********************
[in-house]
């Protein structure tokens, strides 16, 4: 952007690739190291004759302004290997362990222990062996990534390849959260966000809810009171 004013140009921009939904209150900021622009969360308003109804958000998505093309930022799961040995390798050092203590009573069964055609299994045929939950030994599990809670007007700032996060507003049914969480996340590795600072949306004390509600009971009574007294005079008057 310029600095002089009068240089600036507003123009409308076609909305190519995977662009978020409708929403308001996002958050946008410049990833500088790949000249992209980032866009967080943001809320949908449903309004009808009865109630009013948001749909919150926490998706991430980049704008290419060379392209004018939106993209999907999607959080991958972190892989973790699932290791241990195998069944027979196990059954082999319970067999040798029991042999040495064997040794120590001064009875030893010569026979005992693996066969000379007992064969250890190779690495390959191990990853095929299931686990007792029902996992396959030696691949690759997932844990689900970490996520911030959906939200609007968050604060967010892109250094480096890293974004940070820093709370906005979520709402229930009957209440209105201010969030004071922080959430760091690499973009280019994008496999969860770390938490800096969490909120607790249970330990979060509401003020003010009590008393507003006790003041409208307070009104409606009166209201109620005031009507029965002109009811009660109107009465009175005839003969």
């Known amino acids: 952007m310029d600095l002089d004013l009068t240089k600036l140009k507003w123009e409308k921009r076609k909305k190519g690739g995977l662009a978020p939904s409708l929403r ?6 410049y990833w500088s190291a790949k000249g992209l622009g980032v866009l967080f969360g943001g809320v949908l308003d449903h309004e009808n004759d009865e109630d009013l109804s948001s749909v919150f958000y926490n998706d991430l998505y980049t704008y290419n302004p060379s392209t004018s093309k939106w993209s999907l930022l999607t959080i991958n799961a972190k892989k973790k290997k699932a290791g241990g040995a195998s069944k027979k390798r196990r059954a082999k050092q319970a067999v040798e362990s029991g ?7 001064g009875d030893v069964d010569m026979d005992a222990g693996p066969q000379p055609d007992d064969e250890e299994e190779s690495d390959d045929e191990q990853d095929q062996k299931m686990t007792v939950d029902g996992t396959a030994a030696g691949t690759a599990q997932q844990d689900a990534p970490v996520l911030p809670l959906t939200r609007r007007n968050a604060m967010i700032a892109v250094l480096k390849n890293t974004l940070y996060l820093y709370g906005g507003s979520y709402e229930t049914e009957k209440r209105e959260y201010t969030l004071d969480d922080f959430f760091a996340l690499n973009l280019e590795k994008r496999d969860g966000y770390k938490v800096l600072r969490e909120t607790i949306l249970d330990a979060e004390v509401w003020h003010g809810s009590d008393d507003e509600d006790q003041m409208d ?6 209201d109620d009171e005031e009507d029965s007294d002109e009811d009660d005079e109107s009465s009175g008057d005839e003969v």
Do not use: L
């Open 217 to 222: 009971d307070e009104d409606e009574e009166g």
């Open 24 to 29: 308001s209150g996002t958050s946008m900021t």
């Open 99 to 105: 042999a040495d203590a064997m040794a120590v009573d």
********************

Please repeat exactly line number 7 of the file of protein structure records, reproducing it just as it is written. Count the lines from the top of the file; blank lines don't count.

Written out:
């Open 99 to 105: 042999a040495d203590a064997m040794a120590v009573d």